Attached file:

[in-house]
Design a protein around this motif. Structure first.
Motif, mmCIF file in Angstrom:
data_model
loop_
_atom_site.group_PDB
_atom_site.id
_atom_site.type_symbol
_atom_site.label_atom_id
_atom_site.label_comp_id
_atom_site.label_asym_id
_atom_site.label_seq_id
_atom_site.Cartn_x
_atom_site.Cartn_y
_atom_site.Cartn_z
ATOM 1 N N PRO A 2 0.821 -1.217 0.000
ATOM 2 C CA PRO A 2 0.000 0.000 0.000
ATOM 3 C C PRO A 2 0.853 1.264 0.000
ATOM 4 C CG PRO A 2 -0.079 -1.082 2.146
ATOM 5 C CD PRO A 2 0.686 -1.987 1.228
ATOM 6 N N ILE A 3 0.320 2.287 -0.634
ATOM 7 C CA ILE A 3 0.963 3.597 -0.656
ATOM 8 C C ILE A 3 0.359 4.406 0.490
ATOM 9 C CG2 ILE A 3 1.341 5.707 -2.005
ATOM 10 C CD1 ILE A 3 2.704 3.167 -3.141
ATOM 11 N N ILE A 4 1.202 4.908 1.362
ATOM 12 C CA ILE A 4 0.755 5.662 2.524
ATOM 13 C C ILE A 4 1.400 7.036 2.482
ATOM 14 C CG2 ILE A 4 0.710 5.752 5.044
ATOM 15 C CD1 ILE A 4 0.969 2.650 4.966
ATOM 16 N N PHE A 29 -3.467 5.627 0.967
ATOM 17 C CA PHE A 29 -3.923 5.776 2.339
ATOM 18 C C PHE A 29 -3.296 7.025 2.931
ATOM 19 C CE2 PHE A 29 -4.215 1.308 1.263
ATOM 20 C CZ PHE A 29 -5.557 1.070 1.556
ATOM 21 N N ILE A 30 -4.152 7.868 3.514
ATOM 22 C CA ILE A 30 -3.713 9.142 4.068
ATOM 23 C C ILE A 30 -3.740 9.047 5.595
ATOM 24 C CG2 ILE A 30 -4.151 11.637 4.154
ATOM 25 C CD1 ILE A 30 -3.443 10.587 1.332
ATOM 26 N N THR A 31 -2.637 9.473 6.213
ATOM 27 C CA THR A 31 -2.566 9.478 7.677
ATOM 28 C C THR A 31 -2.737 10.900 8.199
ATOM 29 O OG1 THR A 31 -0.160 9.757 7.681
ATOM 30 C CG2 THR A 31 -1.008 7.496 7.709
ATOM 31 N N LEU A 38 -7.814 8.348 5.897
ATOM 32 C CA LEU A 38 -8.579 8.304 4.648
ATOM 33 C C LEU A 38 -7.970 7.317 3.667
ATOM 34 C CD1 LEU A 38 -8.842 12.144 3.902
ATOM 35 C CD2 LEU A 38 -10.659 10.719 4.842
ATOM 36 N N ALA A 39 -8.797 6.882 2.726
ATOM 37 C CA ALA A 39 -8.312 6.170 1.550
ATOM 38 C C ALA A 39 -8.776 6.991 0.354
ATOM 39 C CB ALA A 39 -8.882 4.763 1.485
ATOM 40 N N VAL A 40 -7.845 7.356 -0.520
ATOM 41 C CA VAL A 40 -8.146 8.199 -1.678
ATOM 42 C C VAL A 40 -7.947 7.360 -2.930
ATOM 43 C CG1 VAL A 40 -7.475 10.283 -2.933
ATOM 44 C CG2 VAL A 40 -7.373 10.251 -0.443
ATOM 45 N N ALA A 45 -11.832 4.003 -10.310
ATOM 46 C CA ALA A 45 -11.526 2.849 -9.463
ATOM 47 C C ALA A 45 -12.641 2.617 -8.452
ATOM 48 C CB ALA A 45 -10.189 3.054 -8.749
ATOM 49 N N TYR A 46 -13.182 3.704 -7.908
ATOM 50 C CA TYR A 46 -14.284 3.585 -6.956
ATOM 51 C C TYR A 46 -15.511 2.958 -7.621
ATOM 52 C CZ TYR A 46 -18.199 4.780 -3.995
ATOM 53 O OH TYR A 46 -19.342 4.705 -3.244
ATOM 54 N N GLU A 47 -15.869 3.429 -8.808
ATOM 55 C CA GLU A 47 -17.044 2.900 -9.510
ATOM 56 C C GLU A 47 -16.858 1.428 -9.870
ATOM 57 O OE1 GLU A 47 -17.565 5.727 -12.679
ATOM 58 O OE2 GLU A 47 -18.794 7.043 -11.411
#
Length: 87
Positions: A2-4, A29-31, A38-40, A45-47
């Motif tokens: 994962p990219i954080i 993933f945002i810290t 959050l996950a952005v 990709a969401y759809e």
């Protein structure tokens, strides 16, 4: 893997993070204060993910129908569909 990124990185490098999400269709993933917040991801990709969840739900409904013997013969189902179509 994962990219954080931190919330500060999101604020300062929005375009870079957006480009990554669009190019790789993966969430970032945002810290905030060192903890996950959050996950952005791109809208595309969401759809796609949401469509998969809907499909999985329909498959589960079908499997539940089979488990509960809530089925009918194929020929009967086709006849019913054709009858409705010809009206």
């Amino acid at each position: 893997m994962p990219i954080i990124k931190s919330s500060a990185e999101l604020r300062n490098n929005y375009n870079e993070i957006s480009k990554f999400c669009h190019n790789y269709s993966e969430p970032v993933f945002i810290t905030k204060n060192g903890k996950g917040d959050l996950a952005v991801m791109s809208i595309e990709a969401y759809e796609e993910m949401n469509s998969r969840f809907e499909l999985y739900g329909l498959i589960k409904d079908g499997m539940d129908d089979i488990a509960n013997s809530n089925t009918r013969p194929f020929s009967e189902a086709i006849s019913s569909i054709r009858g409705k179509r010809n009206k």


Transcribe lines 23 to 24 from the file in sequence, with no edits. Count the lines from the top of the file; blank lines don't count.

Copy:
ATOM 8 C C ILE A 3 0.359 4.406 0.490
ATOM 9 C CG2 ILE A 3 1.341 5.707 -2.005